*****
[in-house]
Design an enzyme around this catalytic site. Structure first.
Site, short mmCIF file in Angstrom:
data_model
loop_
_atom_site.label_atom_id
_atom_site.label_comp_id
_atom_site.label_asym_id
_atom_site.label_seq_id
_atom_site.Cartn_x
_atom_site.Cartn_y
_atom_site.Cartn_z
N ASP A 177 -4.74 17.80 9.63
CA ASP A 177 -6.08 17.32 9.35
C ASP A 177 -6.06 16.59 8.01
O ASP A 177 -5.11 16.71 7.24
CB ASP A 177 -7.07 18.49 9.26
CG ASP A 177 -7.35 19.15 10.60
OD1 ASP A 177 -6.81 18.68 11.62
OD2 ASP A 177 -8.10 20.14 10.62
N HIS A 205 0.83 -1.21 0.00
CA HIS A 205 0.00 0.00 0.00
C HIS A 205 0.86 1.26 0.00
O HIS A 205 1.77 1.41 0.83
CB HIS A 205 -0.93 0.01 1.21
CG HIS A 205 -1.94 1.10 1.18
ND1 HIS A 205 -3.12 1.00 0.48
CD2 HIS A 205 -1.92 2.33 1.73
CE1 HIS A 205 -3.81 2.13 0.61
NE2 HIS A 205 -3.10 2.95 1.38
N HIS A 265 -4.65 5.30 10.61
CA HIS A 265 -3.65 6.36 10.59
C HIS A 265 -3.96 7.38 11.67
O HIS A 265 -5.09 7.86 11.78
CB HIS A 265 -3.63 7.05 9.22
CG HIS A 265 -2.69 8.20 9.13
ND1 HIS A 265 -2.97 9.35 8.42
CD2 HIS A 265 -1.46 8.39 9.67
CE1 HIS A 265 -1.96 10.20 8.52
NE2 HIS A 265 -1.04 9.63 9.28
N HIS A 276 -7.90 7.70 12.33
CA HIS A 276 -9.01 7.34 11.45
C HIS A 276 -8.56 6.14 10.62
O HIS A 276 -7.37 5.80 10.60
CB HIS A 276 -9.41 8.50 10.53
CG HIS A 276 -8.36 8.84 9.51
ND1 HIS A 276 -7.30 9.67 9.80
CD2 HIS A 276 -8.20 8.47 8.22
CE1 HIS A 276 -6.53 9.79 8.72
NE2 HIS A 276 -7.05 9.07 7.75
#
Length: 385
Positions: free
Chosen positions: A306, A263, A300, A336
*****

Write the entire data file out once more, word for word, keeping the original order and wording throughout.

[in-house]
Design an enzyme around this catalytic site. Structure first.
Site, short mmCIF file in Angstrom:
data_model
loop_
_atom_site.label_atom_id
_atom_site.label_comp_id
_atom_site.label_asym_id
_atom_site.label_seq_id
_atom_site.Cartn_x
_atom_site.Cartn_y
_atom_site.Cartn_z
N ASP A 177 -4.74 17.80 9.63
CA ASP A 177 -6.08 17.32 9.35
C ASP A 177 -6.06 16.59 8.01
O ASP A 177 -5.11 16.71 7.24
CB ASP A 177 -7.07 18.49 9.26
CG ASP A 177 -7.35 19.15 10.60
OD1 ASP A 177 -6.81 18.68 11.62
OD2 ASP A 177 -8.10 20.14 10.62
N HIS A 205 0.83 -1.21 0.00
CA HIS A 205 0.00 0.00 0.00
C HIS A 205 0.86 1.26 0.00
O HIS A 205 1.77 1.41 0.83
CB HIS A 205 -0.93 0.01 1.21
CG HIS A 205 -1.94 1.10 1.18
ND1 HIS A 205 -3.12 1.00 0.48
CD2 HIS A 205 -1.92 2.33 1.73
CE1 HIS A 205 -3.81 2.13 0.61
NE2 HIS A 205 -3.10 2.95 1.38
N HIS A 265 -4.65 5.30 10.61
CA HIS A 265 -3.65 6.36 10.59
C HIS A 265 -3.96 7.38 11.67
O HIS A 265 -5.09 7.86 11.78
CB HIS A 265 -3.63 7.05 9.22
CG HIS A 265 -2.69 8.20 9.13
ND1 HIS A 265 -2.97 9.35 8.42
CD2 HIS A 265 -1.46 8.39 9.67
CE1 HIS A 265 -1.96 10.20 8.52
NE2 HIS A 265 -1.04 9.63 9.28
N HIS A 276 -7.90 7.70 12.33
CA HIS A 276 -9.01 7.34 11.45
C HIS A 276 -8.56 6.14 10.62
O HIS A 276 -7.37 5.80 10.60
CB HIS A 276 -9.41 8.50 10.53
CG HIS A 276 -8.36 8.84 9.51
ND1 HIS A 276 -7.30 9.67 9.80
CD2 HIS A 276 -8.20 8.47 8.22
CE1 HIS A 276 -6.53 9.79 8.72
NE2 HIS A 276 -7.05 9.07 7.75
#
Length: 385
Positions: free
Chosen positions: A306, A263, A300, A336